Total 41 Posts
In recent Senate testimony, Commerce Secretary Gina Raimondo suggested that China objected to certain U.S. legislation because it would improve U.S. economic competitiveness. In reality, China's concerns with this legislation are more about how the legislation is framed around the "China threat" as well as other non-economic aspects
Two members of the U.S. House of Representatives have introduced a bill to bring manufacturing back to the Western hemisphere by providing incentives for manufacturers to leave China. While the future of the bill remains uncertain, some of its provisions push in novel directions and will likely raise both
Senator Bob Menendez (D-NJ), the Chairman of the Senate Foreign Relations Committee, introduced a bill at the end of April calling for both confrontation and competition with China.
Republican Senators Introduce Bill on SEC Requiring Reporting of Supply Chains Linked to Forced Labor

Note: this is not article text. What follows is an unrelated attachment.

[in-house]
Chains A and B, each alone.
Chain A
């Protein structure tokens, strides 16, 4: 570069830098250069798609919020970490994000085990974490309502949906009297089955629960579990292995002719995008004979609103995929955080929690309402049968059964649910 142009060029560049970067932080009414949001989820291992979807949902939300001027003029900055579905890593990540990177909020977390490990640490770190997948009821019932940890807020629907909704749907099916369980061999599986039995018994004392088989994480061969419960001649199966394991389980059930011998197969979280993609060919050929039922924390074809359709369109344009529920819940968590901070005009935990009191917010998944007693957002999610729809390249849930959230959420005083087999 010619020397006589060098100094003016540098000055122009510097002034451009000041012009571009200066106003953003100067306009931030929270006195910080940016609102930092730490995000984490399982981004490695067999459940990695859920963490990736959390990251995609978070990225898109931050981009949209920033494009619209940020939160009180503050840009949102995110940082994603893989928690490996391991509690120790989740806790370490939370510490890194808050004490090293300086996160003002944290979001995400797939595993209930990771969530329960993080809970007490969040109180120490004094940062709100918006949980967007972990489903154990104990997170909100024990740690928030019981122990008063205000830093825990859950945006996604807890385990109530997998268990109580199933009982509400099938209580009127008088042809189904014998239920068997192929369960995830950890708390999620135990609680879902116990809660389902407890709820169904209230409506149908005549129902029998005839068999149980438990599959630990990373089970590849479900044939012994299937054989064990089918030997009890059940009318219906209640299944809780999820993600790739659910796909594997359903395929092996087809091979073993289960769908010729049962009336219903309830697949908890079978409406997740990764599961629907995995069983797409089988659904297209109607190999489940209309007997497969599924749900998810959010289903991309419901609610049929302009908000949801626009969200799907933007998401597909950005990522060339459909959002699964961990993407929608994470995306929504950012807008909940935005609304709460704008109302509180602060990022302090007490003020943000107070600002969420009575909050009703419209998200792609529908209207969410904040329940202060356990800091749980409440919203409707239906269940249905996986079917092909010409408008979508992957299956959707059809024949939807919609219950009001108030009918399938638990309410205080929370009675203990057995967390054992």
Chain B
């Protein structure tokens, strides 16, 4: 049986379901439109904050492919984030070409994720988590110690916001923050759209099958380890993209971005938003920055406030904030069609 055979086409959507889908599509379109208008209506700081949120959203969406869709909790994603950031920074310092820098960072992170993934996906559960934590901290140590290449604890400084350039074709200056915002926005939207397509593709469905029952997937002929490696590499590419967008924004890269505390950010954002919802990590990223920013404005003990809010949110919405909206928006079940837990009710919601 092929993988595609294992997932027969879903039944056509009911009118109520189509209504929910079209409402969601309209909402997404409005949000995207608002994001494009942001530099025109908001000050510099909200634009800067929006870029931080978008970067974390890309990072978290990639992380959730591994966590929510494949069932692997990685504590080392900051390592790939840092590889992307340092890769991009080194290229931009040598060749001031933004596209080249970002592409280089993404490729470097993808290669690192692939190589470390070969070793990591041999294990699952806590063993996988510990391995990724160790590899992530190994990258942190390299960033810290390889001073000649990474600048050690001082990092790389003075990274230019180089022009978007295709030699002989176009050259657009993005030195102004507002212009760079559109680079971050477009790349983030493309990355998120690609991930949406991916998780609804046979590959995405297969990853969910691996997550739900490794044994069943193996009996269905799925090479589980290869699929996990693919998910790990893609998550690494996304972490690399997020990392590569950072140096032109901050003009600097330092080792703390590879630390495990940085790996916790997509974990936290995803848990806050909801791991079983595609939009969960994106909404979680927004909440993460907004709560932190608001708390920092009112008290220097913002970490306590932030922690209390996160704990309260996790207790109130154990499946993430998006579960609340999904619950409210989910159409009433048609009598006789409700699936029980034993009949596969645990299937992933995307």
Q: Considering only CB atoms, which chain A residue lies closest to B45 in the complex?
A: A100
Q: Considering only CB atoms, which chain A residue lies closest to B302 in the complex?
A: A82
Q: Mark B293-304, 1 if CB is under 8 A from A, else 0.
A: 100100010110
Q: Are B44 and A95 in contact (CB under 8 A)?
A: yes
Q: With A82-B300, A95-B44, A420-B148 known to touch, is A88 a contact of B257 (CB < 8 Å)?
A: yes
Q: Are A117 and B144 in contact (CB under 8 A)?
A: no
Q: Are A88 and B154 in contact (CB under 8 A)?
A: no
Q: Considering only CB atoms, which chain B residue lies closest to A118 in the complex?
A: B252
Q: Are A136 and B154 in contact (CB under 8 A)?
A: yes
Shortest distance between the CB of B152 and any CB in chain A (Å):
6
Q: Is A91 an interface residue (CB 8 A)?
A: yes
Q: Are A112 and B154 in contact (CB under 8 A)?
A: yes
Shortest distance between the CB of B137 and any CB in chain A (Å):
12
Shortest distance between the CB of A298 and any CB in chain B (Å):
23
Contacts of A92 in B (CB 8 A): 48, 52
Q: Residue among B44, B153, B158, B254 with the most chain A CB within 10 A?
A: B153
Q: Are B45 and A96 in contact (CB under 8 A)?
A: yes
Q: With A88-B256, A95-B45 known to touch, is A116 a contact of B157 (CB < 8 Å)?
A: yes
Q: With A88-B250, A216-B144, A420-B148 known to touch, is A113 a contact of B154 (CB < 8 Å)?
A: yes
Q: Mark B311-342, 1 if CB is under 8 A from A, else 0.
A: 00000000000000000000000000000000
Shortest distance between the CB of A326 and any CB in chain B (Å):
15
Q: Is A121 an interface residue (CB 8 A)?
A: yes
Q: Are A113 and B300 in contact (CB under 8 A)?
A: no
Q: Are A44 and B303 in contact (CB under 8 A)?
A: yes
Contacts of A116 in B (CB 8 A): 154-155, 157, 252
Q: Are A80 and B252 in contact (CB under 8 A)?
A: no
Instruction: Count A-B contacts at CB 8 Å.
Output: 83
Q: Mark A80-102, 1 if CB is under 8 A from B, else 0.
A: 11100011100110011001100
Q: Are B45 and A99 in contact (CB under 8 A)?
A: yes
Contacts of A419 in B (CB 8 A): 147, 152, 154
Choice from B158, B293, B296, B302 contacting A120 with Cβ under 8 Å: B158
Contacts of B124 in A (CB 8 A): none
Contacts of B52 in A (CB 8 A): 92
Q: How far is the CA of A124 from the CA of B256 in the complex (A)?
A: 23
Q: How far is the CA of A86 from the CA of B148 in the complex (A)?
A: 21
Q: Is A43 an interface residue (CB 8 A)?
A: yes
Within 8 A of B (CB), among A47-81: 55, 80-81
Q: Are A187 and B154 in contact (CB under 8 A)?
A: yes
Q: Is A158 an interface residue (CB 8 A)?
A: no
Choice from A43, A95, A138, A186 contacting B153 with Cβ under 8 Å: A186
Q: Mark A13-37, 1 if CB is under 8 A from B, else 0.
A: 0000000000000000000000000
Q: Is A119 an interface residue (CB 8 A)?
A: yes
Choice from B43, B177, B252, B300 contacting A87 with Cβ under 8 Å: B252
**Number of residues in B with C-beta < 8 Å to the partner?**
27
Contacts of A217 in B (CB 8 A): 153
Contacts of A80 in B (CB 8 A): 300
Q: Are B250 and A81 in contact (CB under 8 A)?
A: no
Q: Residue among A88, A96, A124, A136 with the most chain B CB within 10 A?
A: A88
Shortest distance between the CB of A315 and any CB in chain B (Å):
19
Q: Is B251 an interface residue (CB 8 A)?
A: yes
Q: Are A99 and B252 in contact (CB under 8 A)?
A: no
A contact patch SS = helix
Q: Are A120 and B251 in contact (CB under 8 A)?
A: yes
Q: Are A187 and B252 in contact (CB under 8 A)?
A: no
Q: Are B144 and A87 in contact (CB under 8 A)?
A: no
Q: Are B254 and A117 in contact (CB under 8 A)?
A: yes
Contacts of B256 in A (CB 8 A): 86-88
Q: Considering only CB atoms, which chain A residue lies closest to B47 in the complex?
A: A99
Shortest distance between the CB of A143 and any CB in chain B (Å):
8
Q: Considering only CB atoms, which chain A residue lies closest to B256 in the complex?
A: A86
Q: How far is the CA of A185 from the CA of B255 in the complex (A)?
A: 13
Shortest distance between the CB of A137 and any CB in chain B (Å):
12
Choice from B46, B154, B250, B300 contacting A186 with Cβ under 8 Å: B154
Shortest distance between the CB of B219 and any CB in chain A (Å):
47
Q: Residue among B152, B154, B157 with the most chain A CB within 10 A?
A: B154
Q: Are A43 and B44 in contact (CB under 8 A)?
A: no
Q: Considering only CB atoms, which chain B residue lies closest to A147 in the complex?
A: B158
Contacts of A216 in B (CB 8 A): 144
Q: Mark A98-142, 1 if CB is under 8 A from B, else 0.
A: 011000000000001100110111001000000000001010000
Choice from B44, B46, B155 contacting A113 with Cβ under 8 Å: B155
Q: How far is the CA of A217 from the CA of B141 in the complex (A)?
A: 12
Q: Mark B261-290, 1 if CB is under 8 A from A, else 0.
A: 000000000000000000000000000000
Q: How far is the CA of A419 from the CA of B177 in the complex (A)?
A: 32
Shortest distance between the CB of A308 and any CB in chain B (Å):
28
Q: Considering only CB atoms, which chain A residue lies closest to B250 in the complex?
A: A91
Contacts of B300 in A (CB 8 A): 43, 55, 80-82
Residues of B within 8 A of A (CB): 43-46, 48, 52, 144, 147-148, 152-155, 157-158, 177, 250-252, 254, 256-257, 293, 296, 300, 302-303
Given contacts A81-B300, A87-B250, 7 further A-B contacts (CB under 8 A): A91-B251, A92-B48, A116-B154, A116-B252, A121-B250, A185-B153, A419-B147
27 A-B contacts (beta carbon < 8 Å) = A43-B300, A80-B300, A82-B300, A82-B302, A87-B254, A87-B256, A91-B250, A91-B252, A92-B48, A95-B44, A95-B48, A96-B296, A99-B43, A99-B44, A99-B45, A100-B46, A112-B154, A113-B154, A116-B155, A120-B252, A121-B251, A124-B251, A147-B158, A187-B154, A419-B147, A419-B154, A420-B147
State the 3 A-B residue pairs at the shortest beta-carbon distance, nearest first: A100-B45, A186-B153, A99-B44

Six Republican Senators have introduced legislation that would "require the Securities and Exchange Commission to require reporting of sourcing and due diligence activities of companies involving supply chains of products that are imported into the United States that are directly linked to products utilizing forced labor from Xinjiang, China."
Recently, a bipartisan group of Senators introduced the China Trade Cheating Restitution Act to address an issue with the payment to domestic industries of certain anti-dumping duties collected on Chinese imports.
Newly introduced legislation in the U.S. House of Representatives would lead to targeted sanctions against China in the event it threatens Taiwan.
During a recent trip by Australian trade minister Dan Tehan to meet with his U.S. counterparts, Australia and the United States moved forward with plans that some commentators have characterized as designed to "counter China" on critical minerals.